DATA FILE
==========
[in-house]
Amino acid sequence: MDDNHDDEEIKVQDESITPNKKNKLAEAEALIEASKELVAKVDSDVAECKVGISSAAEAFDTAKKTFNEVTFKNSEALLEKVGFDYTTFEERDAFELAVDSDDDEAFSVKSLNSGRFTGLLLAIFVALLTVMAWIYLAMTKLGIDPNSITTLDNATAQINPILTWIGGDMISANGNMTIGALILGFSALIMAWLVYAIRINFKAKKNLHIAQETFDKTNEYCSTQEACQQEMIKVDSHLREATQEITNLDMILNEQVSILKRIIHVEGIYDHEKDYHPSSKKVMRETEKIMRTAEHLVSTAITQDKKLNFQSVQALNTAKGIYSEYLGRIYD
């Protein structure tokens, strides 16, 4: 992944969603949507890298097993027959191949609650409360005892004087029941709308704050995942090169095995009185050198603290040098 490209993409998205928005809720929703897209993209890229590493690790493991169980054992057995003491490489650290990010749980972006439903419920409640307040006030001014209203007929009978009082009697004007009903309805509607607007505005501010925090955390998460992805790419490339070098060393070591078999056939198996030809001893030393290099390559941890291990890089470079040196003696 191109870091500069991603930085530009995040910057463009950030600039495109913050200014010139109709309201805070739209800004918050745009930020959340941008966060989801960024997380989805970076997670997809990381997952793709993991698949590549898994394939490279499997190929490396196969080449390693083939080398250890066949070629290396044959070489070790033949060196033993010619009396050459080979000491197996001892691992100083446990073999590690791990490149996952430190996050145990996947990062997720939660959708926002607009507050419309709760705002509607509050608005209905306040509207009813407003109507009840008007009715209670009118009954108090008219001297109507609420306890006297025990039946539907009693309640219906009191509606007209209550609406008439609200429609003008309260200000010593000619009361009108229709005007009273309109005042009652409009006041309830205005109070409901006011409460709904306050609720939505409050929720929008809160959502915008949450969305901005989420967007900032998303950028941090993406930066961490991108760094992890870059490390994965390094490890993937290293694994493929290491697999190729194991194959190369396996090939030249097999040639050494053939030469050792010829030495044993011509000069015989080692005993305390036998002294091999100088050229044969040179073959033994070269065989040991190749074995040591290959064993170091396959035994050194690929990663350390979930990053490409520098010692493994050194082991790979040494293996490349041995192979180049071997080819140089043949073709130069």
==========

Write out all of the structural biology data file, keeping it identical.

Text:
[in-house]
Amino acid sequence: MDDNHDDEEIKVQDESITPNKKNKLAEAEALIEASKELVAKVDSDVAECKVGISSAAEAFDTAKKTFNEVTFKNSEALLEKVGFDYTTFEERDAFELAVDSDDDEAFSVKSLNSGRFTGLLLAIFVALLTVMAWIYLAMTKLGIDPNSITTLDNATAQINPILTWIGGDMISANGNMTIGALILGFSALIMAWLVYAIRINFKAKKNLHIAQETFDKTNEYCSTQEACQQEMIKVDSHLREATQEITNLDMILNEQVSILKRIIHVEGIYDHEKDYHPSSKKVMRETEKIMRTAEHLVSTAITQDKKLNFQSVQALNTAKGIYSEYLGRIYD
């Protein structure tokens, strides 16, 4: 992944969603949507890298097993027959191949609650409360005892004087029941709308704050995942090169095995009185050198603290040098 490209993409998205928005809720929703897209993209890229590493690790493991169980054992057995003491490489650290990010749980972006439903419920409640307040006030001014209203007929009978009082009697004007009903309805509607607007505005501010925090955390998460992805790419490339070098060393070591078999056939198996030809001893030393290099390559941890291990890089470079040196003696 191109870091500069991603930085530009995040910057463009950030600039495109913050200014010139109709309201805070739209800004918050745009930020959340941008966060989801960024997380989805970076997670997809990381997952793709993991698949590549898994394939490279499997190929490396196969080449390693083939080398250890066949070629290396044959070489070790033949060196033993010619009396050459080979000491197996001892691992100083446990073999590690791990490149996952430190996050145990996947990062997720939660959708926002607009507050419309709760705002509607509050608005209905306040509207009813407003109507009840008007009715209670009118009954108090008219001297109507609420306890006297025990039946539907009693309640219906009191509606007209209550609406008439609200429609003008309260200000010593000619009361009108229709005007009273309109005042009652409009006041309830205005109070409901006011409460709904306050609720939505409050929720929008809160959502915008949450969305901005989420967007900032998303950028941090993406930066961490991108760094992890870059490390994965390094490890993937290293694994493929290491697999190729194991194959190369396996090939030249097999040639050494053939030469050792010829030495044993011509000069015989080692005993305390036998002294091999100088050229044969040179073959033994070269065989040991190749074995040591290959064993170091396959035994050194690929990663350390979930990053490409520098010692493994050194082991790979040494293996490349041995192979180049071997080819140089043949073709130069």